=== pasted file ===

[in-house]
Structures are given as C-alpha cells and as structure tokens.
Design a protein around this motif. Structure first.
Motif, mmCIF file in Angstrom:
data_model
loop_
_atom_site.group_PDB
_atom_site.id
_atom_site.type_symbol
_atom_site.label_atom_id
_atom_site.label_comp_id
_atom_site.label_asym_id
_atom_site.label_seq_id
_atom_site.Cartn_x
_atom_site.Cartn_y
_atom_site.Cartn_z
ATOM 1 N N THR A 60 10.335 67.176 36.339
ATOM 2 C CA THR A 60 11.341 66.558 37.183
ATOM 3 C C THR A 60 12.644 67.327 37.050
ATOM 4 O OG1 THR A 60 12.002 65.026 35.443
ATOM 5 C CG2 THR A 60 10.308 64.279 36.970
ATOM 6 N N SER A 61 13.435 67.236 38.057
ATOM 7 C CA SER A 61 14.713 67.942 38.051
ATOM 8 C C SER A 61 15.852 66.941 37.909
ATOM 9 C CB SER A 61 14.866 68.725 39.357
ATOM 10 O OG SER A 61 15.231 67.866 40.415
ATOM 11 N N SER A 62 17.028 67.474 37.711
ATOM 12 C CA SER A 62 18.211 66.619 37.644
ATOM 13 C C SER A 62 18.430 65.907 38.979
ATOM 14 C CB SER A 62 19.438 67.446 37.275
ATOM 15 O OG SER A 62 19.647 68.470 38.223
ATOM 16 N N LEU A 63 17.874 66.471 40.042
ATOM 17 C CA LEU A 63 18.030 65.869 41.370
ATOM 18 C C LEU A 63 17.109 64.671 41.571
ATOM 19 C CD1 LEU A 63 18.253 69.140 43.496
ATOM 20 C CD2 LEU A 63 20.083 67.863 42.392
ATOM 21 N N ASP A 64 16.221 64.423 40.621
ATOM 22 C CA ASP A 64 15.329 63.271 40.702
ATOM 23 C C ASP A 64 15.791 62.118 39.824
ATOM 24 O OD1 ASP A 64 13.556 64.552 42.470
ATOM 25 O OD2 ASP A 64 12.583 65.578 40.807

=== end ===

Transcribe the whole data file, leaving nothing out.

[in-house]
Structures are given as C-alpha cells and as structure tokens.
Design a protein around this motif. Structure first.
Motif, mmCIF file in Angstrom:
data_model
loop_
_atom_site.group_PDB
_atom_site.id
_atom_site.type_symbol
_atom_site.label_atom_id
_atom_site.label_comp_id
_atom_site.label_asym_id
_atom_site.label_seq_id
_atom_site.Cartn_x
_atom_site.Cartn_y
_atom_site.Cartn_z
ATOM 1 N N THR A 60 10.335 67.176 36.339
ATOM 2 C CA THR A 60 11.341 66.558 37.183
ATOM 3 C C THR A 60 12.644 67.327 37.050
ATOM 4 O OG1 THR A 60 12.002 65.026 35.443
ATOM 5 C CG2 THR A 60 10.308 64.279 36.970
ATOM 6 N N SER A 61 13.435 67.236 38.057
ATOM 7 C CA SER A 61 14.713 67.942 38.051
ATOM 8 C C SER A 61 15.852 66.941 37.909
ATOM 9 C CB SER A 61 14.866 68.725 39.357
ATOM 10 O OG SER A 61 15.231 67.866 40.415
ATOM 11 N N SER A 62 17.028 67.474 37.711
ATOM 12 C CA SER A 62 18.211 66.619 37.644
ATOM 13 C C SER A 62 18.430 65.907 38.979
ATOM 14 C CB SER A 62 19.438 67.446 37.275
ATOM 15 O OG SER A 62 19.647 68.470 38.223
ATOM 16 N N LEU A 63 17.874 66.471 40.042
ATOM 17 C CA LEU A 63 18.030 65.869 41.370
ATOM 18 C C LEU A 63 17.109 64.671 41.571
ATOM 19 C CD1 LEU A 63 18.253 69.140 43.496
ATOM 20 C CD2 LEU A 63 20.083 67.863 42.392
ATOM 21 N N ASP A 64 16.221 64.423 40.621
ATOM 22 C CA ASP A 64 15.329 63.271 40.702
ATOM 23 C C ASP A 64 15.791 62.118 39.824
ATOM 24 O OD1 ASP A 64 13.556 64.552 42.470
ATOM 25 O OD2 ASP A 64 12.583 65.578 40.807